2010 Italy Ivan Basso (2/2) Luxembourg Andy Schleck (1/1) Italy Vincenzo Nibali (1/4)
2011 Italy Michele Scarponi (1/1) Australia Cadel Evans (1/1) United Kingdom Chris Froome (1/7)[7]
2012 Canada Ryder Hesjedal (1/1) United Kingdom Bradley Wiggins (1/1) Spain Alberto Contador (5/7)
2013 Italy Vincenzo Nibali (2/4) United Kingdom Chris Froome (2/7) United States Chris Horner (1/1)
2014 Colombia Nairo Quintana (1/2) Italy Vincenzo Nibali (3/4) Spain Alberto Contador (6/7)
2015 Spain Alberto Contador (7/7) United Kingdom Chris Froome (3/7) Italy Fabio Aru (1/1)
2016 Italy Vincenzo Nibali (4/4) United Kingdom Chris Froome (4/7) Colombia Nairo Quintana (2/2)
2017 Netherlands Tom Dumoulin (1/1) United Kingdom Chris Froome (5/7) United Kingdom Chris Froome (6/7)
2018 United Kingdom Chris Froome (7/7) United Kingdom Geraint Thomas (1/1) United Kingdom Simon Yates (1/1)
2019 Ecuador Richard Carapaz (1/1) Colombia Egan Bernal (1/2) Slovenia Primož Roglič (1/3)
2020 United Kingdom Tao Geoghegan Hart (1/1) Slovenia Tadej Pogačar (1/2) Slovenia Primož Roglič (2/3)
2021 Colombia Egan Bernal (2/2) Slovenia Tadej Pogačar (2/2) Slovenia Primož Roglič (3/3)
Year Jersey pink.svg Giro d'Italia Jersey yellow.svg Tour de France Jersey red.svg Vuelta a España

A. a b c d e f g Lance Armstrong was declared winner of seven consecutive tours from 1999 to 2005. However, in October 2012, he was stripped of all titles by the UCI for his use of performance-enhancing drugs. Organizers of the Tour de France announced that the winner's slot would remain empty in the record books, rather than transfer the win to the second-place finishers each year.[8]

Wins per rider

Rank Rider Total Tour Giro Vuelta
1 Belgium Eddy Merckx 11 5 (1969, 1970, 1971, 1972, 1974) 5 (1968, 1970, 1972, 1973, 1974) 1 (1973)
2 France Bernard Hinault 10 5 (1978, 1979, 1981, 1982, 1985) 3 (1980, 1982, 1985) 2 (1978, 1983)
3 France Jacques Anquetil 8 5 (1957, 1961, 1962, 1963, 1964) 2 (1960, 1964) 1 (1963)
4 Italy Fausto Coppi 7 2 (1949, 1952) 5 (1940, 1947, 1949, 1952, 1953)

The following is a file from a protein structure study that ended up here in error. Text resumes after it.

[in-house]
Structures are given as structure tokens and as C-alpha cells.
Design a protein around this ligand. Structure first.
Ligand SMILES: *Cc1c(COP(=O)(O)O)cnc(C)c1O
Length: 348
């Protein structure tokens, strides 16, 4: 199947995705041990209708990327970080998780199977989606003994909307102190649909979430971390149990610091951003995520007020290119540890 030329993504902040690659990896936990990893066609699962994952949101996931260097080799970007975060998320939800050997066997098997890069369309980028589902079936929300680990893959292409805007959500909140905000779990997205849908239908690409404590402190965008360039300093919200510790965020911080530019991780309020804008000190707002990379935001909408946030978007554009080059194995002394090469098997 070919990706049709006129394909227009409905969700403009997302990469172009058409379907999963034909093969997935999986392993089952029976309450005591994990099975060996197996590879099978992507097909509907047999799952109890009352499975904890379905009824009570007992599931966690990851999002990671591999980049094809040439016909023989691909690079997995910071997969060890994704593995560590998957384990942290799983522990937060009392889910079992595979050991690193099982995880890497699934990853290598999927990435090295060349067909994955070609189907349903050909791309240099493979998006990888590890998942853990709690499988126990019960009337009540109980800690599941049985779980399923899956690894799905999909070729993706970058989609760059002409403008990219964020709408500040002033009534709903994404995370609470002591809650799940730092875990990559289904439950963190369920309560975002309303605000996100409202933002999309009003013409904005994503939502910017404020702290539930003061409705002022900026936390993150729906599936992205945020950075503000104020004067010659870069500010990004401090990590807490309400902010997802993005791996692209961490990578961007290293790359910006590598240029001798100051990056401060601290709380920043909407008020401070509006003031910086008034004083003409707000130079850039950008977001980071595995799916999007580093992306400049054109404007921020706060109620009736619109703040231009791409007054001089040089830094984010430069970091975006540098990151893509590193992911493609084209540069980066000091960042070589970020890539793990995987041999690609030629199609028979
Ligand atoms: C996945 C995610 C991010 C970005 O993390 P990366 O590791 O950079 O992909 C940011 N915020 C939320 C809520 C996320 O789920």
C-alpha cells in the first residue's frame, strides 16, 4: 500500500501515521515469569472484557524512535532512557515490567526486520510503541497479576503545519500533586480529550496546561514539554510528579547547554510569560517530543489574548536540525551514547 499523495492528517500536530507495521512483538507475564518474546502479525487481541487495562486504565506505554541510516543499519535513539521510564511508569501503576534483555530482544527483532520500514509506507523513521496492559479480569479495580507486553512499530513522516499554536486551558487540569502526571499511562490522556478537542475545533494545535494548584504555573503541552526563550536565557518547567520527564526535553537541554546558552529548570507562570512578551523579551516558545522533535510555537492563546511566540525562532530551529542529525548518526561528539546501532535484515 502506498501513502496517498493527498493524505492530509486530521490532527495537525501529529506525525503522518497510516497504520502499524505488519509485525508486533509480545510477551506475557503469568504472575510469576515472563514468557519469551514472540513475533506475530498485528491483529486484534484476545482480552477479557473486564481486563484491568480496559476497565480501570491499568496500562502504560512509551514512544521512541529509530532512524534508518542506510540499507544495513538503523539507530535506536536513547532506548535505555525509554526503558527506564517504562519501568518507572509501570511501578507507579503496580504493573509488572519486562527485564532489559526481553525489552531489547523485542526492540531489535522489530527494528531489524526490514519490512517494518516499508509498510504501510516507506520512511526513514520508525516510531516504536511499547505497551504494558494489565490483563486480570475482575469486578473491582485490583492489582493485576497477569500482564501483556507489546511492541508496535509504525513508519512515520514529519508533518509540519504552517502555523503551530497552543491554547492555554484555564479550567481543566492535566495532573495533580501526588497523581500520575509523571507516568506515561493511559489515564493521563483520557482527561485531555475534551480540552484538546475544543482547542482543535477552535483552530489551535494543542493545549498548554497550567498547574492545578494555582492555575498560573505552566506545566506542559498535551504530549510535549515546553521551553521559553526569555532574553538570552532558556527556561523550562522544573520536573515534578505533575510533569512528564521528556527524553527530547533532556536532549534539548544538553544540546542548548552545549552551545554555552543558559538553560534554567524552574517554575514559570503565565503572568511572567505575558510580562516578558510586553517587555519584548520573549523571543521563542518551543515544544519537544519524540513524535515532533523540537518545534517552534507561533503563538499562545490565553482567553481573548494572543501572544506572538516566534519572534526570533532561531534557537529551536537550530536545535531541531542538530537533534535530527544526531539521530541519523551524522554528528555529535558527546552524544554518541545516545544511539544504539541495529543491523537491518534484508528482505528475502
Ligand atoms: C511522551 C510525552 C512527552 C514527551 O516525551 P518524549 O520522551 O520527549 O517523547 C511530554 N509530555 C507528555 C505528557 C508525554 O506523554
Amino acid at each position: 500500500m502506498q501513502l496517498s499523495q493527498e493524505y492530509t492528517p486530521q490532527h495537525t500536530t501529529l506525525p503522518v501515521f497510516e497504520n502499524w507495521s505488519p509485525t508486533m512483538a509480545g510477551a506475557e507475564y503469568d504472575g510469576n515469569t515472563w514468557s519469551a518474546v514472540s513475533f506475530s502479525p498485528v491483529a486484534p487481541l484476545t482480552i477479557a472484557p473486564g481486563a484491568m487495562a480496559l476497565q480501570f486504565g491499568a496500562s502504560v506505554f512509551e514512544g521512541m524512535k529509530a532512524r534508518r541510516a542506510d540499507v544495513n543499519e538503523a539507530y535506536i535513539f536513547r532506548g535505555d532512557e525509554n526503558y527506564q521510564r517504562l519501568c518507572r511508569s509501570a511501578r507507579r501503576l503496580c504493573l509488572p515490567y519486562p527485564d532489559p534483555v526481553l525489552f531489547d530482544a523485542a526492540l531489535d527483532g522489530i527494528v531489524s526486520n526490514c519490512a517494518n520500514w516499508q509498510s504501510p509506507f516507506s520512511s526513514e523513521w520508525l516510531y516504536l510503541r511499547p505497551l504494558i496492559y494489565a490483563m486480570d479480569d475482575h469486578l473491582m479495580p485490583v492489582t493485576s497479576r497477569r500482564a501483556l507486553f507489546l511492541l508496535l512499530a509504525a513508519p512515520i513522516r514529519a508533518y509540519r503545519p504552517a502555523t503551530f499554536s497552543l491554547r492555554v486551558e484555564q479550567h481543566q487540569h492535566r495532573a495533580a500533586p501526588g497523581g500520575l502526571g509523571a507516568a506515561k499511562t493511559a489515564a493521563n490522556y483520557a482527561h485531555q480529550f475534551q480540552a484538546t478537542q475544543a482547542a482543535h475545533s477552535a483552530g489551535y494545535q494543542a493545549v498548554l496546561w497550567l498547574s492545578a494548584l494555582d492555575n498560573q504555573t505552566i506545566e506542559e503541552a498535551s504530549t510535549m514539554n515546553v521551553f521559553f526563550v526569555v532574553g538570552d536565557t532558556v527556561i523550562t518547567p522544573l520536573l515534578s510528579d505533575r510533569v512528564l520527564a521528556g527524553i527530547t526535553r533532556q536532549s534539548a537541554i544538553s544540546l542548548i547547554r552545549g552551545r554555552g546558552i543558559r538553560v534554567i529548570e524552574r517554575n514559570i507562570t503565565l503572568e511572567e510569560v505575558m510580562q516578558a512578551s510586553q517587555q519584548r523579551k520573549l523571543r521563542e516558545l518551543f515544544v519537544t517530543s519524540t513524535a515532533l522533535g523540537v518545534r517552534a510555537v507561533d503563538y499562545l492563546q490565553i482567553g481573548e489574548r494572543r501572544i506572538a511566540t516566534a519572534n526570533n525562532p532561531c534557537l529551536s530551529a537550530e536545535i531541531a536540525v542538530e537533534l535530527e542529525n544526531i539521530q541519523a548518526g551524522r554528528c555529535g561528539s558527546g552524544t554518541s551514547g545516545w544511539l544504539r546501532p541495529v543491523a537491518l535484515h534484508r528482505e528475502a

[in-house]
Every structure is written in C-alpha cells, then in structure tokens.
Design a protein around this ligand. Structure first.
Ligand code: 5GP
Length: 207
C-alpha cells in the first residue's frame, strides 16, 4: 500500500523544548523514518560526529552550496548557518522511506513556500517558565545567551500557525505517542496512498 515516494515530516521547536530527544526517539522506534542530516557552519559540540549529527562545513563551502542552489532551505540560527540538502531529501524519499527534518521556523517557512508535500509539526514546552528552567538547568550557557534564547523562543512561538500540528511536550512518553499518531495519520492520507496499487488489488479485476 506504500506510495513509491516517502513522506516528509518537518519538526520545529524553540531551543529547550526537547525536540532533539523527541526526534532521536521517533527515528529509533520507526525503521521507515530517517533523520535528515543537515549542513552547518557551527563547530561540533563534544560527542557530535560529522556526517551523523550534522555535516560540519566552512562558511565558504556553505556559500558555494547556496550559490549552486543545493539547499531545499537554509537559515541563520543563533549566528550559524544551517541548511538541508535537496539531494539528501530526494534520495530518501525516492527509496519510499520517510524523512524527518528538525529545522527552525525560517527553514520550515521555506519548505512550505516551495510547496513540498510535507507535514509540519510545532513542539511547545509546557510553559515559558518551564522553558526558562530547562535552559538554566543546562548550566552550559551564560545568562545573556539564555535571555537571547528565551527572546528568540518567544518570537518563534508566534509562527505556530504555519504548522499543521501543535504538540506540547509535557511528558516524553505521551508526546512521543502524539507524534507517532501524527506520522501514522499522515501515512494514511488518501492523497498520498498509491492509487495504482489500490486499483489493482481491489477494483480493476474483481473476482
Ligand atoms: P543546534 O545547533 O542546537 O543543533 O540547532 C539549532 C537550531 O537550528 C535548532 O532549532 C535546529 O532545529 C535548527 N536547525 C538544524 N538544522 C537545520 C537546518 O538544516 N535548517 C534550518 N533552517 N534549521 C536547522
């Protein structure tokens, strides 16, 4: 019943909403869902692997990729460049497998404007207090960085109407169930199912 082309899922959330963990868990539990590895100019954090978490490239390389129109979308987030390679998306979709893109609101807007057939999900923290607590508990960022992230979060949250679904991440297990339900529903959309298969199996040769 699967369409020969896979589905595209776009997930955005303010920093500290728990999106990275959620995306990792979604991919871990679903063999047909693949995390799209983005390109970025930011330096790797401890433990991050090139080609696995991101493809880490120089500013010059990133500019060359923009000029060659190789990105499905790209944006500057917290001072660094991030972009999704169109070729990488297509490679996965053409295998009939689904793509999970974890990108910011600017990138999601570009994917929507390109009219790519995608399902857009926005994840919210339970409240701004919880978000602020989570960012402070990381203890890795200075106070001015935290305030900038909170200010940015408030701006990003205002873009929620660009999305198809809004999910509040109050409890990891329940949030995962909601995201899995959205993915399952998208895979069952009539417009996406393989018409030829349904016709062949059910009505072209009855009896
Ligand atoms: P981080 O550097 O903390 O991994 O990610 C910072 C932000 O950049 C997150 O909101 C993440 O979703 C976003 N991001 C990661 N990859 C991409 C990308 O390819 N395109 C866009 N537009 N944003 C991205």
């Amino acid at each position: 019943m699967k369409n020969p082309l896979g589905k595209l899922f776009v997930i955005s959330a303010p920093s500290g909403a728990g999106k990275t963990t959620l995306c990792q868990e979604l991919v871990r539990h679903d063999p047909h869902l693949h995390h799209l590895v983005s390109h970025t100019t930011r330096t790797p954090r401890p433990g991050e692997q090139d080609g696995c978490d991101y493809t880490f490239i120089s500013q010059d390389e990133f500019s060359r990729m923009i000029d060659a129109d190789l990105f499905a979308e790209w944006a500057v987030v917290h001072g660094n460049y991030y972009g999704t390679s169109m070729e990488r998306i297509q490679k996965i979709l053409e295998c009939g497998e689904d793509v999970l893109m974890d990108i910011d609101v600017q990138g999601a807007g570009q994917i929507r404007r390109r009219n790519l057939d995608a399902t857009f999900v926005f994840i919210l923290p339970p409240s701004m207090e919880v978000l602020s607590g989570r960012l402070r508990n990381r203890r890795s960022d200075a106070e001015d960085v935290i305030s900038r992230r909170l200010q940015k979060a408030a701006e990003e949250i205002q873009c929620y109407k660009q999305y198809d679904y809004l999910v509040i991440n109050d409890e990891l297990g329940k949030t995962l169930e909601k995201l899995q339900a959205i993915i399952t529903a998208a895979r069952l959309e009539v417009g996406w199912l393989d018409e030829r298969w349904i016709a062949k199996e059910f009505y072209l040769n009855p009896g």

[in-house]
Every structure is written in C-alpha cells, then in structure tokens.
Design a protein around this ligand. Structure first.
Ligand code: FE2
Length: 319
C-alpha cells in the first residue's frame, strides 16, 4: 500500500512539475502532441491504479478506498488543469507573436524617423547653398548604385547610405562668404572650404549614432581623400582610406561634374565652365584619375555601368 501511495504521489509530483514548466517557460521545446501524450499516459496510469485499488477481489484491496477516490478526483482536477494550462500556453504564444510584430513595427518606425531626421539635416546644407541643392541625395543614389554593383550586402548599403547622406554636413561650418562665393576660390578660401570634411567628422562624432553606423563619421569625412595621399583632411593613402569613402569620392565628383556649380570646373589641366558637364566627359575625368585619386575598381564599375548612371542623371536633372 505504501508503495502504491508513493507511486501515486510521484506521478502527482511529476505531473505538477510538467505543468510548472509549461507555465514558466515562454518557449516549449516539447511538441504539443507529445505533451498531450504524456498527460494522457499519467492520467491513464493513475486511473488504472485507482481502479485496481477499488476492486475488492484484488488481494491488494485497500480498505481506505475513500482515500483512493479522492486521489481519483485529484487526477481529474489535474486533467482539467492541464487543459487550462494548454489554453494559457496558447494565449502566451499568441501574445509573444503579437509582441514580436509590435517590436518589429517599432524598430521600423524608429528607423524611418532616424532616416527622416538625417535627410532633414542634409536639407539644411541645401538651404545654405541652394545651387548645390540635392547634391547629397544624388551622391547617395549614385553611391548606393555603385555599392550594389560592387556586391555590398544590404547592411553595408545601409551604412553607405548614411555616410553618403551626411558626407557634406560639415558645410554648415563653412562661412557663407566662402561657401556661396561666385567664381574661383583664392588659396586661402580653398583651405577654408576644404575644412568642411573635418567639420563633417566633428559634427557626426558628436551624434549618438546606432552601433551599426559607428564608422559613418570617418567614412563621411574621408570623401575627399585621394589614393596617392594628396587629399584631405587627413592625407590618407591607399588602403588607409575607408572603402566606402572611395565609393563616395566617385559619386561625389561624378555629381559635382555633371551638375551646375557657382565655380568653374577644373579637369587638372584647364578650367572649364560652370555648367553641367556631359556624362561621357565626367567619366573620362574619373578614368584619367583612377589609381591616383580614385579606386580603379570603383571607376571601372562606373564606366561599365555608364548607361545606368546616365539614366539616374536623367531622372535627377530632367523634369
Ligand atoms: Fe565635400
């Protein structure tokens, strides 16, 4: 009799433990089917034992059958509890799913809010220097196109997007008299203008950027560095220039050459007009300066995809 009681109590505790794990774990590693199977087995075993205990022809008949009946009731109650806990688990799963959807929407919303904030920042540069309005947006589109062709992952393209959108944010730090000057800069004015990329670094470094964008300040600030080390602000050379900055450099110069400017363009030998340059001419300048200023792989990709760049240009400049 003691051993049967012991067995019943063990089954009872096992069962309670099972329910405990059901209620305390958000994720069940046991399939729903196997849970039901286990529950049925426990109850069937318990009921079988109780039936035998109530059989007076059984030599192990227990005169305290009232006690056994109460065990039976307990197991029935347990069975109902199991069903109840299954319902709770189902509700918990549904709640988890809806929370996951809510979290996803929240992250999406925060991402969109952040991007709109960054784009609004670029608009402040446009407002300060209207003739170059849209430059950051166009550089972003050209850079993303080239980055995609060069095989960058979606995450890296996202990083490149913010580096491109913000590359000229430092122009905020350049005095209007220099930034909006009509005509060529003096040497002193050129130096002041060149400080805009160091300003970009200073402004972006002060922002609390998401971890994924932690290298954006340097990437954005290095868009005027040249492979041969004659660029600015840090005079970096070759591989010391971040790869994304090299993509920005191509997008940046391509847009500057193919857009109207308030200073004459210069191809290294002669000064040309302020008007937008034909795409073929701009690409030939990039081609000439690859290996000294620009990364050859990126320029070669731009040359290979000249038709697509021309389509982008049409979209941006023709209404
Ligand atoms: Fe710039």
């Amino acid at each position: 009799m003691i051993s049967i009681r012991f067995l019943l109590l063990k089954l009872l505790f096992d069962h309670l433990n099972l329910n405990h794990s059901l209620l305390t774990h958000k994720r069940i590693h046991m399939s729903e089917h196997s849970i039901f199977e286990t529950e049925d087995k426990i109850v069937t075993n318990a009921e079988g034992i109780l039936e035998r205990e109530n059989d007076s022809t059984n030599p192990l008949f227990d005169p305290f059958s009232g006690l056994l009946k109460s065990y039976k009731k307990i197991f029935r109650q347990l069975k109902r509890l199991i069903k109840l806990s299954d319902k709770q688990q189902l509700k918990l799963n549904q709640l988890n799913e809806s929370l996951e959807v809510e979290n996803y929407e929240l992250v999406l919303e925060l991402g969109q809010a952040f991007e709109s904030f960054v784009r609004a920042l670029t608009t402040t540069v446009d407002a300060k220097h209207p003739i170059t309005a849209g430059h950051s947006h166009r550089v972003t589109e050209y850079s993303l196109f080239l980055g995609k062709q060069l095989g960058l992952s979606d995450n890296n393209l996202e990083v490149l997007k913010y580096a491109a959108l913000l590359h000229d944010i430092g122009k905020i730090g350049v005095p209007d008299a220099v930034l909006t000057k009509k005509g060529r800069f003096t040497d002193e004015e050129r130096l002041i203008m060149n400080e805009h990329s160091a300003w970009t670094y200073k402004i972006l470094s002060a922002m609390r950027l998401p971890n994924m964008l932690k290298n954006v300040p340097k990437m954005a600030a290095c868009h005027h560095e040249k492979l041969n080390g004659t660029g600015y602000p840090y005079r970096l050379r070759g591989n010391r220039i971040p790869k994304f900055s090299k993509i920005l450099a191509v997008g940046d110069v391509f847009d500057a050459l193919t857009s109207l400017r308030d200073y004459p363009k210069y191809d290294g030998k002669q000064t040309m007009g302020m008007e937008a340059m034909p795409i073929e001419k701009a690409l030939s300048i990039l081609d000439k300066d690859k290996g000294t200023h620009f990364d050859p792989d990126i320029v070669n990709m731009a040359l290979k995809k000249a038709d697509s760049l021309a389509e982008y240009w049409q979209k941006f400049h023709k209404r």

Spain Miguel Indurain 7 5 (1991, 1992, 1993, 1994, 1995) 2 (1992, 1993)
Spain Alberto Contador 7 2 (2007, 2009) 2 (2008, 2015) 3 (2008, 2012, 2014)
United Kingdom Chris Froome 7 4 (2013, 2015, 2016, 2017) 1 (2018) 2 (2011, 2017)
8 Italy Alfredo Binda 5 5 (1925, 1927, 1928, 1929, 1933)
Italy Gino Bartali 5 2 (1938, 1948) 3 (1936, 1937, 1946)
Italy Felice Gimondi 5 1 (1965) 3 (1967, 1969, 1976) 1 (1968)
  • Active riders marked in bold.

Wins by country

Grand Tour general classification wins by country
Country Giro Tour Vuelta Total
 Italy 69 10 6 85
 France 6 36 9 51
 Spain 4 12 32 48
 Belgium 7 18 7 32
 Great Britain 2 6 3 11
  Switzerland 3 2 5 10
 Luxembourg 2 5 0 7
 United States 1 3 1 5
 Netherlands 1 2 2 5
 Colombia 2 1 2 5
 Slovenia 0 2 3 5
 Germany 0 1 3 4
 Russia 3 0 1 4
 Ireland 1 1 1 3
 Sweden 1 0 0 1
 Canada 1 0 0 1
 Ecuador 1 0 0 1
 Australia 0 1 0 1
 Denmark 0 1 0 1
 Kazakhstan 0 0 1 1

Winners of all three Grand Tours

Seven cyclists have won all three of the Grand Tours during their career:[9]

Hinault and Contador are the only cyclists to have won each Grand Tour at least twice.

Winners of three or more consecutive Grand Tours

During Fausto Coppi achievement, the Vuelta a Espana didn't run (1951-1954).

During Eddy Merckx and Bernard Hinault achievements, the Vuelta a Espana was the first Grand Tour hold in those years.

Winners of all three Grand Tours in a single year

No rider has won all three Grand Tours in a single year.

Winners of multiple Grand Tours in a single year

Ten riders have achieved a double by winning two grand tours in the same calendar year.

Seven cyclists have won the Tour and the Giro in the same calendar year:[9]

The Tour/Vuelta double has been achieved by three cyclists:[9]

The Giro/Vuelta double has been achieved by three cyclists:[9]

Of the above ten, Pantani, Roche and Battaglin's doubles were their only Grand Tour victories in their careers.

Finished in the top ten in all three Grand Tours in a single year

Few riders have finished all three in a single year, of whom two finished in the top ten in each: Raphaël Géminiani (4th, 6th and 3rd in the Giro, Tour and Vuelta in 1955) and Gastone Nencini (1st, 6th and 9th in 1957).

Smallest margin between 1st and 2nd placed rider

The margins between the winner of a Grand Tour and the runner-up are often narrow, and rarely larger than a few minutes.

As of 2019, there have been 51 Grand Tours with a winning margin less than one minute. The smallest margins are as follows: